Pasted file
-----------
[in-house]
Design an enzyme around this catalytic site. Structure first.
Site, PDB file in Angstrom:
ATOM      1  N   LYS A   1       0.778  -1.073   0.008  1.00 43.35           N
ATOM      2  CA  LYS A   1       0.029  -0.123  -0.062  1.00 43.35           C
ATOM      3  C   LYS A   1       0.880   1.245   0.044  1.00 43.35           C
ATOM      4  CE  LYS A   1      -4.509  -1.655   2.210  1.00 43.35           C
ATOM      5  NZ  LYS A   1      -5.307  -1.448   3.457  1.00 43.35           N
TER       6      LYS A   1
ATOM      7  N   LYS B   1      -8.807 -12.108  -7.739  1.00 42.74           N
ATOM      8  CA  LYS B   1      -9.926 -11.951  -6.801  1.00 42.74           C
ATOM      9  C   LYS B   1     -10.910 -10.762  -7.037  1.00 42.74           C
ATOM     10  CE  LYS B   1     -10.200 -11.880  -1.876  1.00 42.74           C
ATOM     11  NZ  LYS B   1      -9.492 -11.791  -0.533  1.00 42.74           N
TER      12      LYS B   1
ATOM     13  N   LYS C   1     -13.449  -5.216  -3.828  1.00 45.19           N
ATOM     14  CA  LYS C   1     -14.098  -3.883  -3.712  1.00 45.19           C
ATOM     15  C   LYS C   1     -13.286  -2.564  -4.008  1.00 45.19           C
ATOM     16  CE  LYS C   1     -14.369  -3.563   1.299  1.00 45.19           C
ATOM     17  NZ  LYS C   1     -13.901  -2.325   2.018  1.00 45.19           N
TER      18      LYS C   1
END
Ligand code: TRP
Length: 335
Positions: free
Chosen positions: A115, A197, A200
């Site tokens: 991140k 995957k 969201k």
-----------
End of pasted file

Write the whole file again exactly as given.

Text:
[in-house]
Design an enzyme around this catalytic site. Structure first.
Site, PDB file in Angstrom:
ATOM      1  N   LYS A   1       0.778  -1.073   0.008  1.00 43.35           N
ATOM      2  CA  LYS A   1       0.029  -0.123  -0.062  1.00 43.35           C
ATOM      3  C   LYS A   1       0.880   1.245   0.044  1.00 43.35           C
ATOM      4  CE  LYS A   1      -4.509  -1.655   2.210  1.00 43.35           C
ATOM      5  NZ  LYS A   1      -5.307  -1.448   3.457  1.00 43.35           N
TER       6      LYS A   1
ATOM      7  N   LYS B   1      -8.807 -12.108  -7.739  1.00 42.74           N
ATOM      8  CA  LYS B   1      -9.926 -11.951  -6.801  1.00 42.74           C
ATOM      9  C   LYS B   1     -10.910 -10.762  -7.037  1.00 42.74           C
ATOM     10  CE  LYS B   1     -10.200 -11.880  -1.876  1.00 42.74           C
ATOM     11  NZ  LYS B   1      -9.492 -11.791  -0.533  1.00 42.74           N
TER      12      LYS B   1
ATOM     13  N   LYS C   1     -13.449  -5.216  -3.828  1.00 45.19           N
ATOM     14  CA  LYS C   1     -14.098  -3.883  -3.712  1.00 45.19           C
ATOM     15  C   LYS C   1     -13.286  -2.564  -4.008  1.00 45.19           C
ATOM     16  CE  LYS C   1     -14.369  -3.563   1.299  1.00 45.19           C
ATOM     17  NZ  LYS C   1     -13.901  -2.325   2.018  1.00 45.19           N
TER      18      LYS C   1
END
Ligand code: TRP
Length: 335
Positions: free
Chosen positions: A115, A197, A200
């Site tokens: 991140k 995957k 969201k």